This page will look better in a graphical browser that supports web standards, but is accessible to any browser or internet device.

Served by Samwise.

Cardiac Physiome Society workshop: November 6-9, 2017 , Toronto

Two-barrier model

(barrier2)

Two-barrier Model. If a tracer is transformed within the cells, or if its distribution is heterogeneous, two intracellular regions have to be considered, with a second barrier between them.

Model number: 0211

Lactate

Lactate is a natural substrate of the liver. It is taken up by hepatocytes and is transformed to pyruvate by the action of the enzyme lactate dehydrogenase. The hydrogen atom bound to the central carbon atom of the molecule is transferred to NAD that is thus transformed to NADH. Various other dehydrogenases transfer this hydrogen to other metabolic intermediates who form a separate intracellular pool that can be assessed by the multiple indicator dilution method.

Experimental design

The following tracers were injected into the portal vein of an isolated buffer-perfused rat liver:

Samples from the vena cava were analyzed for beta radioactivity, and the two isotopes where distinguished by scintillation spectrometry. The label contained in urea was separated from that in sucrose by hydrolyzing urea using the enzyme urease; the resulting [U14C]CO2 was moved into the gas phase by acidification and trapped in phenyl ethyl amine.

Enalaprilat


Enalaprilat, (S)-1-[N-[1-(carbonyl)-3-phenylpropyl-L-alanyl]-L-proline, is a drug metabolite formed by hydrolysis of the antihypertensive drug [[http://www.rxlist.com/cgi/generic/enalap.htm| enalapril]]. It is taken up by hepatocytes, where, because of its low water solubility, it is bound to intracellular proteins. This results an additional intracellular pool of protein-bound enalaprilat. Enalaprilat is excreted predominatly into the bile.

Experimental design

The following tracers were injected into the portal vein of a perfused rat liver:

Samples from the vena cava were analyzed for beta radioactivty. The two isotopes were distinguished by liquid scintillation spectrometry.

Calculations

Download JSim model project file

Run Model: 
    Help running a JSim model.
(Java model applet may take 10-20 seconds to load.)

Parameter sets

There are two parameter sets in this applet:

  • Lactate
  • Enalaprilat
To change the parameter set:
  1. Select Load project parameter set from the ParSet pulldown menu.
  2. Choose the desired parameter set. This will automatically change the paremters as well as the data for the reference curve.
  3. Click on "Run" to use the new parameter set.
  4. Select the appropriate plot page.

If you want to optimize the parameters of the newly selected experiments:

  1. Click on the Optimizer tab (at the bottom of the left pane)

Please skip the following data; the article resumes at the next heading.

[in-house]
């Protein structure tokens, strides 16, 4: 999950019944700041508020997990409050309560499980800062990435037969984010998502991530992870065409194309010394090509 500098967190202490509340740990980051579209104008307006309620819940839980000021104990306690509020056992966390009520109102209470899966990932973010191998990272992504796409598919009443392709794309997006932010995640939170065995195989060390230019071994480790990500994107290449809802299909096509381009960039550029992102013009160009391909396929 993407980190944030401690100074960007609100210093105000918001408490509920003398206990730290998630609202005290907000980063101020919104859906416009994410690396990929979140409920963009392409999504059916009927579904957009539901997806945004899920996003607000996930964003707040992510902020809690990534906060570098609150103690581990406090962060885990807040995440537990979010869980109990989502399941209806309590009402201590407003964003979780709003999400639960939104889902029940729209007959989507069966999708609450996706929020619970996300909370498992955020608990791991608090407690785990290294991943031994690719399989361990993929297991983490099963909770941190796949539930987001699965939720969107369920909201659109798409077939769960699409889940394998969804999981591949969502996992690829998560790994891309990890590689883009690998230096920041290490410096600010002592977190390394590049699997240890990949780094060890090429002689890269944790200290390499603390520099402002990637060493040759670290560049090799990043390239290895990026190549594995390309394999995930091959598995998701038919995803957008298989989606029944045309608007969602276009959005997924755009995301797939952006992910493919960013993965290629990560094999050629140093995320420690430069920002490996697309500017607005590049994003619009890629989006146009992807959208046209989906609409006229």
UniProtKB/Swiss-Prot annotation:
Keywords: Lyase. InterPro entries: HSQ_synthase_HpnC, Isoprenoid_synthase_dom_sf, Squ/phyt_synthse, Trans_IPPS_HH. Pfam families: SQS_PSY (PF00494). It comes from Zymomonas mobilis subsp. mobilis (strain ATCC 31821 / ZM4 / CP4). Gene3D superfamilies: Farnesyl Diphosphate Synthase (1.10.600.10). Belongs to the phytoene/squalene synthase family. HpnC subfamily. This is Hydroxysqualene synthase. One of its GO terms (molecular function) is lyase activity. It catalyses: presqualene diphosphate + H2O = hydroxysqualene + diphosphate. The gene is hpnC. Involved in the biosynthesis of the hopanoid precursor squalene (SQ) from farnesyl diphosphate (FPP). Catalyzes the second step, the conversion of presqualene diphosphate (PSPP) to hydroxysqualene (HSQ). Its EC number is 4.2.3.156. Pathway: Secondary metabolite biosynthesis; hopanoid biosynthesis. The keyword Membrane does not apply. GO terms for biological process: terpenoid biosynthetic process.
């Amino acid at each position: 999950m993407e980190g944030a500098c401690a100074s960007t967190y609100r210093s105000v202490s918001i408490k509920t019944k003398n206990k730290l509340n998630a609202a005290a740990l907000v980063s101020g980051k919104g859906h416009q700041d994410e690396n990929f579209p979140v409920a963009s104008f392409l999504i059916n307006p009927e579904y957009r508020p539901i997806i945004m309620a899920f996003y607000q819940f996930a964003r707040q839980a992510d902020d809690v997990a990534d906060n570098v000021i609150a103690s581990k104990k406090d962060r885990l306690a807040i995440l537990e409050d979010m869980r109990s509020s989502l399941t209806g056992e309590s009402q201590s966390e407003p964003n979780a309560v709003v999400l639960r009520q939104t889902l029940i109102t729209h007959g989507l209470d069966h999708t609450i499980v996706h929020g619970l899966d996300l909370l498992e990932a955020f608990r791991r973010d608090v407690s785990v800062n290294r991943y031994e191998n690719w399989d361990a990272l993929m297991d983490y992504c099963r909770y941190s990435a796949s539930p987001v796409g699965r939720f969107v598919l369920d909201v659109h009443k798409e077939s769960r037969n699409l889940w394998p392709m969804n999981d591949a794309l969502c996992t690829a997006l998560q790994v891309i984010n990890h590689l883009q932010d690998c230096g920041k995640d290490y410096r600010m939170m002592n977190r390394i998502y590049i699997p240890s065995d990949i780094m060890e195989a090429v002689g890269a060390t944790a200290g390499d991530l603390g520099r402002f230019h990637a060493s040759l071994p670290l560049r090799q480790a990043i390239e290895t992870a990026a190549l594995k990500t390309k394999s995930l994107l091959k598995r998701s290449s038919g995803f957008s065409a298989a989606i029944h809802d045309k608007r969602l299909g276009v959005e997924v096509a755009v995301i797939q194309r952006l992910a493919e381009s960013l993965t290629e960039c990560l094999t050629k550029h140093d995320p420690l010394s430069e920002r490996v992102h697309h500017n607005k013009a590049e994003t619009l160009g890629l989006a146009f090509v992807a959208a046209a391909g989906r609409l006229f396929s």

2. Change all the DataSet entries under the "Data to Match" heading.
    • Click on the Dataset entries to get a selection of data sets to choose from.
    • Click on the Curve entries to get a selection of data columns to choose from.
  3. Hit the "Run" button.

Model Feedback

We welcome comments and feedback for this model. Please use the button below to send comments:

References

Schwab AJ (1984), Extension of the theory of the multiple indicator dilution technique to variable systems with an arbitrary number of rate constants. Math. Biosci. 71:57–79.

Schwab AJ, Barker F 3rd, Goresky CA, Pang KS (1990) Transfer of enalaprilat across rat liver cell membranes is barrier limited. Am J Physiol 258:G461-75.

Author: Andreas J. Schwab (andreas.schwab@mcgill.ca)

Related Models

Back to Goresky Modeling of transport and metabolism tutorial

Key Terms

indicator dilution, barrier-limited, liver, transport, vascular volume, organ, Goresky transport tutorial, Data, PDE

Model History

Get Model history in CVS.

Posted by: Name

Acknowledgements

Please cite www.physiome.org in any publication for which this software is used and send an email with the citation and, if possible, a PDF file of the paper to: staff@physiome.org.
Or send a copy to:
The National Simulation Resource, Director J. B. Bassingthwaighte, Department of Bioengineering, University of Washington, Seattle WA 98195-5061.

[This page was last modified 30Jul13, 10:13 am.]

Model development and archiving support at physiome.org provided by the following grants: NIH/NIBIB BE08407 Software Integration, JSim and SBW 6/1/09-5/31/13; NIH/NHLBI T15 HL88516-01 Modeling for Heart, Lung and Blood: From Cell to Organ, 4/1/07-3/31/11; NSF BES-0506477 Adaptive Multi-Scale Model Simulation, 8/15/05-7/31/08; NIH/NHLBI R01 HL073598 Core 3: 3D Imaging and Computer Modeling of the Respiratory Tract, 9/1/04-8/31/09; as well as prior support from NIH/NCRR P41 RR01243 Simulation Resource in Circulatory Mass Transport and Exchange, 12/1/1980-11/30/01 and NIH/NIBIB R01 EB001973 JSim: A Simulation Analysis Platform, 3/1/02-2/28/07.